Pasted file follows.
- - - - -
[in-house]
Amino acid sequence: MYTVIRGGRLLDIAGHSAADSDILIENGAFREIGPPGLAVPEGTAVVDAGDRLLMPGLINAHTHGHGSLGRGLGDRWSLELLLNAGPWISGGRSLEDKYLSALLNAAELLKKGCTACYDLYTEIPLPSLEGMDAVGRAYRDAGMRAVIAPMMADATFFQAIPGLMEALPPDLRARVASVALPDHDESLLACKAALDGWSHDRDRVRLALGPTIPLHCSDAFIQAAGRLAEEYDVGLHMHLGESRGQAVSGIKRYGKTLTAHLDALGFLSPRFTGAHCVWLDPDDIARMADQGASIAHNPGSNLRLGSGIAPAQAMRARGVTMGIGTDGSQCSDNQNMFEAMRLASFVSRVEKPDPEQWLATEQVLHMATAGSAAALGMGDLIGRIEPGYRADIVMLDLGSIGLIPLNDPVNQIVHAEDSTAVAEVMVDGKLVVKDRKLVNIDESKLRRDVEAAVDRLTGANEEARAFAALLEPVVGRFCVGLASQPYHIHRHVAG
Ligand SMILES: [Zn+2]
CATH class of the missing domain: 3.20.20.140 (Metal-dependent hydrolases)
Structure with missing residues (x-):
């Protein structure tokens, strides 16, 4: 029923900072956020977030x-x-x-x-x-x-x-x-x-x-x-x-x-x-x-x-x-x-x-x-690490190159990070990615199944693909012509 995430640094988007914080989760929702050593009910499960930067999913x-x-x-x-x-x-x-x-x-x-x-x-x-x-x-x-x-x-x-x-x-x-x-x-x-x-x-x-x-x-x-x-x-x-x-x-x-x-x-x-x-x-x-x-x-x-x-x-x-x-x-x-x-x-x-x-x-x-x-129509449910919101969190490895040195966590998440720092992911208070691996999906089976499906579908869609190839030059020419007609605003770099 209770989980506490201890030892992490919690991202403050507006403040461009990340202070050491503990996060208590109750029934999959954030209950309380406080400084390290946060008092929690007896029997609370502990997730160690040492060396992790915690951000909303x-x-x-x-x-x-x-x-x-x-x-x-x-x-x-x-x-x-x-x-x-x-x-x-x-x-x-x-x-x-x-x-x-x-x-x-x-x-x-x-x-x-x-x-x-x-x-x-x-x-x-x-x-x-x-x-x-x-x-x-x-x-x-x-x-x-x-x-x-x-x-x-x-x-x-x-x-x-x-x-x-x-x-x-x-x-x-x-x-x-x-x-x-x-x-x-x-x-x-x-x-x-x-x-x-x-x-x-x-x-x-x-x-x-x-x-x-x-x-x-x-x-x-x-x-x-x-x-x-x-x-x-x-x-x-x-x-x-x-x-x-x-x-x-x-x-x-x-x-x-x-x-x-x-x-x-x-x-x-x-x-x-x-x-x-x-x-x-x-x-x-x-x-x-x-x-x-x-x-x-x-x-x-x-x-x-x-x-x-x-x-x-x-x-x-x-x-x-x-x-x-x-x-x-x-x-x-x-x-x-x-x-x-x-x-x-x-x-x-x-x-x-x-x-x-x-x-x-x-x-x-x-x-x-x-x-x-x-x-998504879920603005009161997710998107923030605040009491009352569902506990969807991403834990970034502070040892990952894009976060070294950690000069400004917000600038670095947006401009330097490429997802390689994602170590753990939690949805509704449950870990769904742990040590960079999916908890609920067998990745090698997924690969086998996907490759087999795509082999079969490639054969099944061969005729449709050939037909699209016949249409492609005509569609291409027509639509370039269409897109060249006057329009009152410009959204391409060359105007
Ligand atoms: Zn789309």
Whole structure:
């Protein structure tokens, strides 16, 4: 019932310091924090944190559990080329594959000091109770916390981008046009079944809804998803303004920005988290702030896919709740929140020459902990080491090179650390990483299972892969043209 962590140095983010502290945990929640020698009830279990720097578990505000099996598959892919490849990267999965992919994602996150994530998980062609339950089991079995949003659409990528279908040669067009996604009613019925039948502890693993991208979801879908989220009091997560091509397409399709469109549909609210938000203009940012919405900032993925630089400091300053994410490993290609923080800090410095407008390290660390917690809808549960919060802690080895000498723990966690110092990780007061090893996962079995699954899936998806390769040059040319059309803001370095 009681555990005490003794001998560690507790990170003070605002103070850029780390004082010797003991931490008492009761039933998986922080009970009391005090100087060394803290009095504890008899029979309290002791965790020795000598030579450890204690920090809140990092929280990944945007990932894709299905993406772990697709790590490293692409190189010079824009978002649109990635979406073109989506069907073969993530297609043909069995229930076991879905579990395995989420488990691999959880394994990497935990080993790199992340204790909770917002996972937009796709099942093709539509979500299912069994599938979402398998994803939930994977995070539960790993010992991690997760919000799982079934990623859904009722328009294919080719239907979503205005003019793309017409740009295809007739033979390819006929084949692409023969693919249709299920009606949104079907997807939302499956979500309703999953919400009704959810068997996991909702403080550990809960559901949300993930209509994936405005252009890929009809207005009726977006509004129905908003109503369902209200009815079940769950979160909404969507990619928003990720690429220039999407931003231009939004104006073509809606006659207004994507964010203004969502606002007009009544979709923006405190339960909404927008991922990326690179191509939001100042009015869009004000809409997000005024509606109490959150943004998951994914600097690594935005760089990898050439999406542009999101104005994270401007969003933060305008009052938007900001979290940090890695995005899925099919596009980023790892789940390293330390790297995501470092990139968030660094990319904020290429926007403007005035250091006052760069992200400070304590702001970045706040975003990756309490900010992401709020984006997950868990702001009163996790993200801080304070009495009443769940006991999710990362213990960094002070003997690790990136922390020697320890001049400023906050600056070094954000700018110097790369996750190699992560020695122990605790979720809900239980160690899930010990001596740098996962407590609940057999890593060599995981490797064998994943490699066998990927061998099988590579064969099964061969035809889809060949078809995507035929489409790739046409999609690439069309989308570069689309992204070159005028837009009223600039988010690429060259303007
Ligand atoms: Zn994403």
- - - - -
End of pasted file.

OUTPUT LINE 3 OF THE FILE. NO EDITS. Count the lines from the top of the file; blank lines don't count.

Ligand SMILES: [Zn+2]